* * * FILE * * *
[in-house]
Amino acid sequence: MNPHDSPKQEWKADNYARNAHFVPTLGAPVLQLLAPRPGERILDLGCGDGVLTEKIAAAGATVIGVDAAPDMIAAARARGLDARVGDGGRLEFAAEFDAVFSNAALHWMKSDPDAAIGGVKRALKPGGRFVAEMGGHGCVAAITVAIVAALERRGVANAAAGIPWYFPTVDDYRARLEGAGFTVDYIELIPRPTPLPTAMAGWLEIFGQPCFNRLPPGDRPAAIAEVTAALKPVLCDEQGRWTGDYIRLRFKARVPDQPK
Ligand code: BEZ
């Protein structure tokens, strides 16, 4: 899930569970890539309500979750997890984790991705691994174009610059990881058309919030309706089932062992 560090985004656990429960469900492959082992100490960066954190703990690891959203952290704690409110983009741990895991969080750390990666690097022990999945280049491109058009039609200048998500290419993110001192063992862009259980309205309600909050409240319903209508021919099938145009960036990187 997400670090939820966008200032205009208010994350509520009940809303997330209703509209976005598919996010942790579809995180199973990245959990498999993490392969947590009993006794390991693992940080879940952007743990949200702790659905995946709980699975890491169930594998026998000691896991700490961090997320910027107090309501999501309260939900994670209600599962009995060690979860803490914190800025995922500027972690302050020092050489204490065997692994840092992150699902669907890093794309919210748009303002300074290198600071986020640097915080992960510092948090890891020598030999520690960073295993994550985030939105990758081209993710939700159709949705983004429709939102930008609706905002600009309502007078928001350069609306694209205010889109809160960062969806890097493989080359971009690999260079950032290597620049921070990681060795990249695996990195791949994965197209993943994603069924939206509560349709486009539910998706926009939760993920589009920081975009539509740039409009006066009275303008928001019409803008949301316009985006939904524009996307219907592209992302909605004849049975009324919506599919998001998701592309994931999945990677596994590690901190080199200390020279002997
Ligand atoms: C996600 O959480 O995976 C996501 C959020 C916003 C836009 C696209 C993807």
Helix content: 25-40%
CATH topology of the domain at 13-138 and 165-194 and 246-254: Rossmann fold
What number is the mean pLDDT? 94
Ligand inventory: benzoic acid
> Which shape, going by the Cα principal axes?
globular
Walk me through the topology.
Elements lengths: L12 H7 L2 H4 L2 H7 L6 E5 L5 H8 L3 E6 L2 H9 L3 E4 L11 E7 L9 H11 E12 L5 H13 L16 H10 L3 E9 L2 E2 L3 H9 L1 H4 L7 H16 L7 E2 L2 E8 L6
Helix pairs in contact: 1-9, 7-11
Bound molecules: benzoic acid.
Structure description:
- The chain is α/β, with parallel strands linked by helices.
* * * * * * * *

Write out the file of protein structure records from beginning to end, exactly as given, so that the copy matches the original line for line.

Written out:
[in-house]
Amino acid sequence: MNPHDSPKQEWKADNYARNAHFVPTLGAPVLQLLAPRPGERILDLGCGDGVLTEKIAAAGATVIGVDAAPDMIAAARARGLDARVGDGGRLEFAAEFDAVFSNAALHWMKSDPDAAIGGVKRALKPGGRFVAEMGGHGCVAAITVAIVAALERRGVANAAAGIPWYFPTVDDYRARLEGAGFTVDYIELIPRPTPLPTAMAGWLEIFGQPCFNRLPPGDRPAAIAEVTAALKPVLCDEQGRWTGDYIRLRFKARVPDQPK
Ligand code: BEZ
């Protein structure tokens, strides 16, 4: 899930569970890539309500979750997890984790991705691994174009610059990881058309919030309706089932062992 560090985004656990429960469900492959082992100490960066954190703990690891959203952290704690409110983009741990895991969080750390990666690097022990999945280049491109058009039609200048998500290419993110001192063992862009259980309205309600909050409240319903209508021919099938145009960036990187 997400670090939820966008200032205009208010994350509520009940809303997330209703509209976005598919996010942790579809995180199973990245959990498999993490392969947590009993006794390991693992940080879940952007743990949200702790659905995946709980699975890491169930594998026998000691896991700490961090997320910027107090309501999501309260939900994670209600599962009995060690979860803490914190800025995922500027972690302050020092050489204490065997692994840092992150699902669907890093794309919210748009303002300074290198600071986020640097915080992960510092948090890891020598030999520690960073295993994550985030939105990758081209993710939700159709949705983004429709939102930008609706905002600009309502007078928001350069609306694209205010889109809160960062969806890097493989080359971009690999260079950032290597620049921070990681060795990249695996990195791949994965197209993943994603069924939206509560349709486009539910998706926009939760993920589009920081975009539509740039409009006066009275303008928001019409803008949301316009985006939904524009996307219907592209992302909605004849049975009324919506599919998001998701592309994931999945990677596994590690901190080199200390020279002997
Ligand atoms: C996600 O959480 O995976 C996501 C959020 C916003 C836009 C696209 C993807």
Helix content: 25-40%
CATH topology of the domain at 13-138 and 165-194 and 246-254: Rossmann fold
What number is the mean pLDDT? 94
Ligand inventory: benzoic acid
> Which shape, going by the Cα principal axes?
globular
Walk me through the topology.
Elements lengths: L12 H7 L2 H4 L2 H7 L6 E5 L5 H8 L3 E6 L2 H9 L3 E4 L11 E7 L9 H11 E12 L5 H13 L16 H10 L3 E9 L2 E2 L3 H9 L1 H4 L7 H16 L7 E2 L2 E8 L6
Helix pairs in contact: 1-9, 7-11
Bound molecules: benzoic acid.
Structure description:
- The chain is α/β, with parallel strands linked by helices.